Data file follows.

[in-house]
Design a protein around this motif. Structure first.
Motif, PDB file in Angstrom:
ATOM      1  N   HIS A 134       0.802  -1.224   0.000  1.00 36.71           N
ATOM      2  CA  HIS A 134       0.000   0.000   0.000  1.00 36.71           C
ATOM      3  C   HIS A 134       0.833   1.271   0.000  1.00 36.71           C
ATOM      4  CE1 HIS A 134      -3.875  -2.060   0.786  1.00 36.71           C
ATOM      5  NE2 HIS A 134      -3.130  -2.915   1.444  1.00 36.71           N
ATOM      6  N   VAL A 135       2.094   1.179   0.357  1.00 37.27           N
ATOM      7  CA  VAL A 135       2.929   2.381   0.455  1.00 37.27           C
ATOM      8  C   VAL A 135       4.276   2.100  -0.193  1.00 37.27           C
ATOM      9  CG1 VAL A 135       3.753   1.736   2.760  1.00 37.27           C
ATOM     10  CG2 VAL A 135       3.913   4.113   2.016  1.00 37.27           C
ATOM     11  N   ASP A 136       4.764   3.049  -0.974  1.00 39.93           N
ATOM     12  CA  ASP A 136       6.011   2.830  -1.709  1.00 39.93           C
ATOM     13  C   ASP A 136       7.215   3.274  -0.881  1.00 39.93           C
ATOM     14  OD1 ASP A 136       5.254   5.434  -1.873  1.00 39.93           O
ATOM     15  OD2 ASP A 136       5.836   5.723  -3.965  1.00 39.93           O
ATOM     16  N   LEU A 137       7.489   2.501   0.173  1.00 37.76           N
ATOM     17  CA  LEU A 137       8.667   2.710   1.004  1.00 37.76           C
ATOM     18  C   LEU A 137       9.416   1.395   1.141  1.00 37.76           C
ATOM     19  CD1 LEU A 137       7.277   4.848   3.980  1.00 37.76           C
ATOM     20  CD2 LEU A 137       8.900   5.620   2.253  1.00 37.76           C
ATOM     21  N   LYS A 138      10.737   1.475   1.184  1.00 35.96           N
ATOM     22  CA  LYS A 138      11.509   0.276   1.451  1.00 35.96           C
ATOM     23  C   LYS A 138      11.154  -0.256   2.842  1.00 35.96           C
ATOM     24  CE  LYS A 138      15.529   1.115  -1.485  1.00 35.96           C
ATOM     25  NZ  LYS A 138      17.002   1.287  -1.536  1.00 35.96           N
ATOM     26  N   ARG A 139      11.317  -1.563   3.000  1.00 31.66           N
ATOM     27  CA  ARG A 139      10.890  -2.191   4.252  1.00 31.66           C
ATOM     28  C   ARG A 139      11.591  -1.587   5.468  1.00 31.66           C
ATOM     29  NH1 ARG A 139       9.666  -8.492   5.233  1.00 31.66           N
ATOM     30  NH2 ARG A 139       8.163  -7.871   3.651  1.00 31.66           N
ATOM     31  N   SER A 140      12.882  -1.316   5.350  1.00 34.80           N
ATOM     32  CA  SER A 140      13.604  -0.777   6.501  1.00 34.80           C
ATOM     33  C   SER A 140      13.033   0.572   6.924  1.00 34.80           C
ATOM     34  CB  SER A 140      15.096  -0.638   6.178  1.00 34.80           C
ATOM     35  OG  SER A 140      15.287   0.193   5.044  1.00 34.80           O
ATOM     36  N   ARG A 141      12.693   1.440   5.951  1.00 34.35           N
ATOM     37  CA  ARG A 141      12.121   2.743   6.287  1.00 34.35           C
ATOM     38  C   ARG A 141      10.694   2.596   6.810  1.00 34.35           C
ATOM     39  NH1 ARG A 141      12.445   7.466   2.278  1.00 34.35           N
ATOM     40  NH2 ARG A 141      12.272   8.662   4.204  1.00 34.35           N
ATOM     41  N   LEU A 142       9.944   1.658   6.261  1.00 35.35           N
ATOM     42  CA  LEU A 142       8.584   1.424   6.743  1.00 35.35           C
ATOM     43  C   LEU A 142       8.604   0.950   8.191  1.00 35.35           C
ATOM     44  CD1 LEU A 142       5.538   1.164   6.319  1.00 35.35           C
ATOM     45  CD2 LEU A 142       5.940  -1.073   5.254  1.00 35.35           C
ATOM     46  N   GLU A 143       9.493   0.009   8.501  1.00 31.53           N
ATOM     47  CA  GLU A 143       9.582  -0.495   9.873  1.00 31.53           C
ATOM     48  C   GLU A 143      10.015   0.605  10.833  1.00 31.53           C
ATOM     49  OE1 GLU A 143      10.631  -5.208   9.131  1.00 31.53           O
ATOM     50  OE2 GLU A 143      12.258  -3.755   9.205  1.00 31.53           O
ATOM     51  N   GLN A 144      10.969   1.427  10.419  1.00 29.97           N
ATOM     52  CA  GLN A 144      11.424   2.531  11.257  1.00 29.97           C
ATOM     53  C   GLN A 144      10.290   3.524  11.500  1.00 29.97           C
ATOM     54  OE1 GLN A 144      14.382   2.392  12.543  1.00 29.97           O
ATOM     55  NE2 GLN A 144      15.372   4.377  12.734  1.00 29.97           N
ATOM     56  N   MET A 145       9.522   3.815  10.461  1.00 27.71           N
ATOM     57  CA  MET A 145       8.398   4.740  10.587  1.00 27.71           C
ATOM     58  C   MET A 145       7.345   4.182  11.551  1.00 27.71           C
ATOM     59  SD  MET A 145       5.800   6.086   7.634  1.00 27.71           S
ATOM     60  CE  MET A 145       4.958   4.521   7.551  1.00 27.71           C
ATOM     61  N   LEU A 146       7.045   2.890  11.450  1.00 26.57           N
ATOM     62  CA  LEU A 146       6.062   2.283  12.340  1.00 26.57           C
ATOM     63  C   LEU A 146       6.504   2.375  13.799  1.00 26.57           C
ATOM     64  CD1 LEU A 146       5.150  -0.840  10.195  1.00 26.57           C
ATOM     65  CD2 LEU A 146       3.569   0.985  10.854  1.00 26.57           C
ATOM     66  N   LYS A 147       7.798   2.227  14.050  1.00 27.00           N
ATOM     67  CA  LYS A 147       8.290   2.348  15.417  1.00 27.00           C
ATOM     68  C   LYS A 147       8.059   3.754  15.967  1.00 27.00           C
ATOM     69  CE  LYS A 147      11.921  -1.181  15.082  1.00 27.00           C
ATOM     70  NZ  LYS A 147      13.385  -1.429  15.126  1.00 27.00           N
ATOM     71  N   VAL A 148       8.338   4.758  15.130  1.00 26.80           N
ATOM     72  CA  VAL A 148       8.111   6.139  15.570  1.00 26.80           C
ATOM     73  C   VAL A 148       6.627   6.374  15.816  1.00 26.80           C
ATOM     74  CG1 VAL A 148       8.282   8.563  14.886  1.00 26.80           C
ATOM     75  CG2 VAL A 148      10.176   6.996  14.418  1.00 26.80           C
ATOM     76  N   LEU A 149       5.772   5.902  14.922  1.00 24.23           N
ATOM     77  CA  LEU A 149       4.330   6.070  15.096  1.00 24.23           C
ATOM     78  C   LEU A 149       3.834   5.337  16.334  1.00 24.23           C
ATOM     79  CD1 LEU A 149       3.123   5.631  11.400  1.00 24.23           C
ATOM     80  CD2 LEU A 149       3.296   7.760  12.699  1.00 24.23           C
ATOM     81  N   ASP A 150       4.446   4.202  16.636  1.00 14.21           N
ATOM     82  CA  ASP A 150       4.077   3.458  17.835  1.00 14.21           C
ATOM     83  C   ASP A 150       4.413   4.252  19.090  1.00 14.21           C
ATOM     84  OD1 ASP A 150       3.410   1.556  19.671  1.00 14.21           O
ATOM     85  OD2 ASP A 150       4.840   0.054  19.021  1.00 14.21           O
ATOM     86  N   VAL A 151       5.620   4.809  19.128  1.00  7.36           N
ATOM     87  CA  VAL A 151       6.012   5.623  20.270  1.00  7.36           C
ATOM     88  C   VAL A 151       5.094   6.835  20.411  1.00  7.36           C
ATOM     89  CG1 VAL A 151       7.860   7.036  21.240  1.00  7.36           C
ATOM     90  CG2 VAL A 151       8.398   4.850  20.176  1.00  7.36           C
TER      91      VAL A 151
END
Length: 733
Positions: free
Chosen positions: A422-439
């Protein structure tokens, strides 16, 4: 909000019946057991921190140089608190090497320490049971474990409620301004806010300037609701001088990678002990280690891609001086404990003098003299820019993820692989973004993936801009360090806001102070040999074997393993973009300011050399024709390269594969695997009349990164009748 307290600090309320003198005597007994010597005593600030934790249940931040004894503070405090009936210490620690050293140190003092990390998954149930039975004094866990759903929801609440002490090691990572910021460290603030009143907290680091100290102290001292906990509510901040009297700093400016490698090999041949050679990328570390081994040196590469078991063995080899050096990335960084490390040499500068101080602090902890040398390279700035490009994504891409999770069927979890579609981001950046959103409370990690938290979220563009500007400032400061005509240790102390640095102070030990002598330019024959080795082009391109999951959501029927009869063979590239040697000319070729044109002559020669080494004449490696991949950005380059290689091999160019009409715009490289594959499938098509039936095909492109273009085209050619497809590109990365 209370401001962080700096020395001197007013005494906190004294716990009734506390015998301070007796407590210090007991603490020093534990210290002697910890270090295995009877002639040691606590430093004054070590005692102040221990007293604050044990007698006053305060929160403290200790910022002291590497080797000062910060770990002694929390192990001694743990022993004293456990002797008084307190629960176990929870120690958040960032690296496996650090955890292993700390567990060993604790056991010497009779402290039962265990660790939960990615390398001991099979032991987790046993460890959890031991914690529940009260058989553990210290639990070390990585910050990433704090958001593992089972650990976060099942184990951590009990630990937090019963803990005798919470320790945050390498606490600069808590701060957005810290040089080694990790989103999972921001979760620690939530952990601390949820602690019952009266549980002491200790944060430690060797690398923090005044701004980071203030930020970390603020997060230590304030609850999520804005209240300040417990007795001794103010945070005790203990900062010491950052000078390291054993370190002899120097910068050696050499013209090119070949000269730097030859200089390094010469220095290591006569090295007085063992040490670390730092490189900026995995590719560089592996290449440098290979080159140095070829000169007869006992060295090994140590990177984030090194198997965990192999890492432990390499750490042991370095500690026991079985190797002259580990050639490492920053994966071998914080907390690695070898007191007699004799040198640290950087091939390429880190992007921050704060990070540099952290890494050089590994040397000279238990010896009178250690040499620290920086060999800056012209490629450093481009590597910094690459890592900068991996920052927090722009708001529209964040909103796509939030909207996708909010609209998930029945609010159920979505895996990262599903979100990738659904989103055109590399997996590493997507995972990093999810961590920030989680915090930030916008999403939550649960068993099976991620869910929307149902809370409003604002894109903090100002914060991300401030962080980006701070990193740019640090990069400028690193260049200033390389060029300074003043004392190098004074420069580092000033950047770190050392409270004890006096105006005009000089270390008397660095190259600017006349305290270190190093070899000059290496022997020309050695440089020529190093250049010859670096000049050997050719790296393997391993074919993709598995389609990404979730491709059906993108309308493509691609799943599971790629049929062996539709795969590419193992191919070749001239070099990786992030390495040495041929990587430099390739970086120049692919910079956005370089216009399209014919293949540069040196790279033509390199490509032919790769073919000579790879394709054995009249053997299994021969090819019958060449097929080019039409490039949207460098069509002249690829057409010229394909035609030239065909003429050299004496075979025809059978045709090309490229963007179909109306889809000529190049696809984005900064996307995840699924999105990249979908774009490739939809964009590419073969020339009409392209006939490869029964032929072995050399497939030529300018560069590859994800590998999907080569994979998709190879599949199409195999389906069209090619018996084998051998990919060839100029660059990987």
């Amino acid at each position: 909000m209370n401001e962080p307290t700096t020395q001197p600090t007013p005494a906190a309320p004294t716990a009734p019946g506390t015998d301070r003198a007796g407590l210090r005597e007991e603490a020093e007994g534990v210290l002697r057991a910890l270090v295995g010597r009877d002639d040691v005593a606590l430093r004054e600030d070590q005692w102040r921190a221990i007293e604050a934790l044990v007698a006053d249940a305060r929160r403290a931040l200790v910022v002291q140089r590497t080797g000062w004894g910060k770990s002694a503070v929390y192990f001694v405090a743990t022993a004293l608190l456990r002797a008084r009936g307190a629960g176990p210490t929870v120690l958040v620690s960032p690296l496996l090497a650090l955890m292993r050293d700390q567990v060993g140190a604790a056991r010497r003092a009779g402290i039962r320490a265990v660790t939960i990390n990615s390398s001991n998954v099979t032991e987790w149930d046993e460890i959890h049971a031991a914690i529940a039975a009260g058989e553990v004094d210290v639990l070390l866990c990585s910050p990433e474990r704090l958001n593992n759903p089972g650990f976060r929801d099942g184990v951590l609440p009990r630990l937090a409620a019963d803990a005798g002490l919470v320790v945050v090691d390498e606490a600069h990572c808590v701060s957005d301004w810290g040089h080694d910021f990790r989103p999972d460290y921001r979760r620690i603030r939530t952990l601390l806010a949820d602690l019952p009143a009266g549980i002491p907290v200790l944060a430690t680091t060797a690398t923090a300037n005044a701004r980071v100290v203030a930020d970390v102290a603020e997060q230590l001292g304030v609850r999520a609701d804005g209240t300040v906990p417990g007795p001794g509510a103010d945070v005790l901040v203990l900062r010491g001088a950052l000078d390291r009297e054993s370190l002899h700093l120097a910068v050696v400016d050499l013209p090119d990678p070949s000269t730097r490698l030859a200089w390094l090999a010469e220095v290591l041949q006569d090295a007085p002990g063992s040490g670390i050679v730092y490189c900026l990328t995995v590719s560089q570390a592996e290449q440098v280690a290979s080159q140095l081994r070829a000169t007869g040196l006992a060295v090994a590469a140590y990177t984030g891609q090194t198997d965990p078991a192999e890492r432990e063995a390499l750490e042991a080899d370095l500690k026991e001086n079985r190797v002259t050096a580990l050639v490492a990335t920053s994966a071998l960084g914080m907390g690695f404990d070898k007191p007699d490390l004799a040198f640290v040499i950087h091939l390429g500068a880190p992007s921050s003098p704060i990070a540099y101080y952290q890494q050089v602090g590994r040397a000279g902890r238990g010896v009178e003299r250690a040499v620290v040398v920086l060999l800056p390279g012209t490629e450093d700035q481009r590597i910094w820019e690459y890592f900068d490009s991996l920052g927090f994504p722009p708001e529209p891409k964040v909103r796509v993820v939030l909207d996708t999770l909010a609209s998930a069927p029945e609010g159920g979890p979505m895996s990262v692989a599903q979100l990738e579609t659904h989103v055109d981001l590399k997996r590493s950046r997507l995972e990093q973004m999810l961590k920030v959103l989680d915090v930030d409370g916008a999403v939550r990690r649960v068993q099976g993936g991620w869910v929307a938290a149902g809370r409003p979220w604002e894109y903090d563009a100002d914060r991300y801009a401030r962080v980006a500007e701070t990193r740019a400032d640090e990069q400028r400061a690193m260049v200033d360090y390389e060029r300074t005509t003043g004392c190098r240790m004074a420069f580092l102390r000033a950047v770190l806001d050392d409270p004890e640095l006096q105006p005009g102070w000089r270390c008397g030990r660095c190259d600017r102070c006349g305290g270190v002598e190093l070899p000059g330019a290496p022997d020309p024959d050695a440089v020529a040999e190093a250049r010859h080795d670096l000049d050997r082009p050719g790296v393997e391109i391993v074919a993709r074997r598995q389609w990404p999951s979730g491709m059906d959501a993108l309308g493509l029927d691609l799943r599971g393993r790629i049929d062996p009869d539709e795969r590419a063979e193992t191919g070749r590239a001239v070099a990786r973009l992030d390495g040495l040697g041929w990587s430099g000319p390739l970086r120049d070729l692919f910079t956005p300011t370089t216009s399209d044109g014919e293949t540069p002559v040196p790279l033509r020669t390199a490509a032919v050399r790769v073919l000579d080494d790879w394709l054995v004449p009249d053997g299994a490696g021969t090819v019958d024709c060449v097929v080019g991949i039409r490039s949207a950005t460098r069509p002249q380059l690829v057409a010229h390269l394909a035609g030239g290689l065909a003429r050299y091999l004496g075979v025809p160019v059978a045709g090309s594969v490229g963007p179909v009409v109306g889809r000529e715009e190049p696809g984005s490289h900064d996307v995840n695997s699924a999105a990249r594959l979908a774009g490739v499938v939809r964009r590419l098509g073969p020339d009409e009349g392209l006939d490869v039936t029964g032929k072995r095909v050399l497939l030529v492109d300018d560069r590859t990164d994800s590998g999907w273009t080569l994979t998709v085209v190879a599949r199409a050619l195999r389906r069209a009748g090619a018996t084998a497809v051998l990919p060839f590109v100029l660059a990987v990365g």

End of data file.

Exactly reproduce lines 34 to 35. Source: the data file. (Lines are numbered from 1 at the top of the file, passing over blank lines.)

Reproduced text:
ATOM     31  N   SER A 140      12.882  -1.316   5.350  1.00 34.80           N
ATOM     32  CA  SER A 140      13.604  -0.777   6.501  1.00 34.80           C